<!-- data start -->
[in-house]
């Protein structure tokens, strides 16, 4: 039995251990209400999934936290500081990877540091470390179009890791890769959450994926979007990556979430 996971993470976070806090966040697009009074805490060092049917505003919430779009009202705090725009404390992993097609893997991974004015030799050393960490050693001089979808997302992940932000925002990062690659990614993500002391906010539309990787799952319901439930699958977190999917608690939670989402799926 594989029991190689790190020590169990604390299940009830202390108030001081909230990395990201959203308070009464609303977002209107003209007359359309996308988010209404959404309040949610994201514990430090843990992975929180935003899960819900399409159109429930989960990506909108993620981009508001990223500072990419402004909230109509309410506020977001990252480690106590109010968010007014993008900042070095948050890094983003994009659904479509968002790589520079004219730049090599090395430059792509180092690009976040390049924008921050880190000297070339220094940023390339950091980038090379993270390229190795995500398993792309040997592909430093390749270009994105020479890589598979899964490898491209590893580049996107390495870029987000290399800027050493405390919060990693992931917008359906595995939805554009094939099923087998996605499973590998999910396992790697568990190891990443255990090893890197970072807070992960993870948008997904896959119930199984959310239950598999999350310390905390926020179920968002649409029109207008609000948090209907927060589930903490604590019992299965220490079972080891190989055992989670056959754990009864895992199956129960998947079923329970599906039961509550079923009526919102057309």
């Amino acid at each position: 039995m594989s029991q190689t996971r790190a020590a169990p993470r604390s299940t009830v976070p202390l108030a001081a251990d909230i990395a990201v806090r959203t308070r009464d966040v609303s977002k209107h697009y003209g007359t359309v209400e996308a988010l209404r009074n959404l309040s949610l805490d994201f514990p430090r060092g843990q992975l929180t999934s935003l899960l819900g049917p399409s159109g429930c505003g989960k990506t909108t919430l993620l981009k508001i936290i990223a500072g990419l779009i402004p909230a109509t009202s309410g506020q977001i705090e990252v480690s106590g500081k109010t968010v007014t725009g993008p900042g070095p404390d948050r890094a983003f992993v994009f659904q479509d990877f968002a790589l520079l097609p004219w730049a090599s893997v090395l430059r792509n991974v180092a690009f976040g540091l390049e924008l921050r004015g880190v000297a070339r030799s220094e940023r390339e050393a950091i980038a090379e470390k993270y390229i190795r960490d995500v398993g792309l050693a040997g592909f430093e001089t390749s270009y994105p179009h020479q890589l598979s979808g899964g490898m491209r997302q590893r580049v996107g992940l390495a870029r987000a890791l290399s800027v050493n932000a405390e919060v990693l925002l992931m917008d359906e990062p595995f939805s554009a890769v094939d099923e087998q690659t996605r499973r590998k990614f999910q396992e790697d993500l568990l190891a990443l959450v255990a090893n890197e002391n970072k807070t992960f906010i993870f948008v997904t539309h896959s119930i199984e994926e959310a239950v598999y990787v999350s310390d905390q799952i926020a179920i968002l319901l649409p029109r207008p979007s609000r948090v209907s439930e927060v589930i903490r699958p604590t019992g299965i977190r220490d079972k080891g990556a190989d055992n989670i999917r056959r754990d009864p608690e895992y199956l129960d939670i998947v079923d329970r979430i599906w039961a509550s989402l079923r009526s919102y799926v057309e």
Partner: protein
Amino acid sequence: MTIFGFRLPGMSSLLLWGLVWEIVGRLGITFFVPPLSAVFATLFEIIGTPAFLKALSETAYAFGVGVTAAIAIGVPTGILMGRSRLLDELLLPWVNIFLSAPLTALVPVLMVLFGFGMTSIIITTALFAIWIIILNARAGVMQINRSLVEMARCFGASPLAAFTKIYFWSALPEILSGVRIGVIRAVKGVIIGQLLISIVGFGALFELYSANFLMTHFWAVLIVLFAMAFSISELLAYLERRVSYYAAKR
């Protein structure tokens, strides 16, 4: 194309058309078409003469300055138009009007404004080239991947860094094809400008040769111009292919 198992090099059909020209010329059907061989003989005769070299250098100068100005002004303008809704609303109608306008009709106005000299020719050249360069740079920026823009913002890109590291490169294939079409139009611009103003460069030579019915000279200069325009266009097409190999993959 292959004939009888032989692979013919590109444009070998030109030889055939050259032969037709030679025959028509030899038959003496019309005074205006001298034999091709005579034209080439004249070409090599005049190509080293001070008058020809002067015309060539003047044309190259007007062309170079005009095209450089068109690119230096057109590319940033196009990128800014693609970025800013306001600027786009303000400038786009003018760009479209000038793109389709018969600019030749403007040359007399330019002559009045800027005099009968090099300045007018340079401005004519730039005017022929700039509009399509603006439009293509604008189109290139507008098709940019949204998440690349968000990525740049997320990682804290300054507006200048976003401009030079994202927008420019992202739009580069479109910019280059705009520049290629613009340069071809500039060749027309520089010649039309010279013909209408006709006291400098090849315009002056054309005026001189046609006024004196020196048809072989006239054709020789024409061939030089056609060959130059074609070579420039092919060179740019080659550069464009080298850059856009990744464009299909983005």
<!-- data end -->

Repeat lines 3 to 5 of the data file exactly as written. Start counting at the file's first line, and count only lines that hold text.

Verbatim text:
């Amino acid at each position: 039995m594989s029991q190689t996971r790190a020590a169990p993470r604390s299940t009830v976070p202390l108030a001081a251990d909230i990395a990201v806090r959203t308070r009464d966040v609303s977002k209107h697009y003209g007359t359309v209400e996308a988010l209404r009074n959404l309040s949610l805490d994201f514990p430090r060092g843990q992975l929180t999934s935003l899960l819900g049917p399409s159109g429930c505003g989960k990506t909108t919430l993620l981009k508001i936290i990223a500072g990419l779009i402004p909230a109509t009202s309410g506020q977001i705090e990252v480690s106590g500081k109010t968010v007014t725009g993008p900042g070095p404390d948050r890094a983003f992993v994009f659904q479509d990877f968002a790589l520079l097609p004219w730049a090599s893997v090395l430059r792509n991974v180092a690009f976040g540091l390049e924008l921050r004015g880190v000297a070339r030799s220094e940023r390339e050393a950091i980038a090379e470390k993270y390229i190795r960490d995500v398993g792309l050693a040997g592909f430093e001089t390749s270009y994105p179009h020479q890589l598979s979808g899964g490898m491209r997302q590893r580049v996107g992940l390495a870029r987000a890791l290399s800027v050493n932000a405390e919060v990693l925002l992931m917008d359906e990062p595995f939805s554009a890769v094939d099923e087998q690659t996605r499973r590998k990614f999910q396992e790697d993500l568990l190891a990443l959450v255990a090893n890197e002391n970072k807070t992960f906010i993870f948008v997904t539309h896959s119930i199984e994926e959310a239950v598999y990787v999350s310390d905390q799952i926020a179920i968002l319901l649409p029109r207008p979007s609000r948090v209907s439930e927060v589930i903490r699958p604590t019992g299965i977190r220490d079972k080891g990556a190989d055992n989670i999917r056959r754990d009864p608690e895992y199956l129960d939670i998947v079923d329970r979430i599906w039961a509550s989402l079923r009526s919102y799926v057309e």
Partner: protein
Amino acid sequence: MTIFGFRLPGMSSLLLWGLVWEIVGRLGITFFVPPLSAVFATLFEIIGTPAFLKALSETAYAFGVGVTAAIAIGVPTGILMGRSRLLDELLLPWVNIFLSAPLTALVPVLMVLFGFGMTSIIITTALFAIWIIILNARAGVMQINRSLVEMARCFGASPLAAFTKIYFWSALPEILSGVRIGVIRAVKGVIIGQLLISIVGFGALFELYSANFLMTHFWAVLIVLFAMAFSISELLAYLERRVSYYAAKR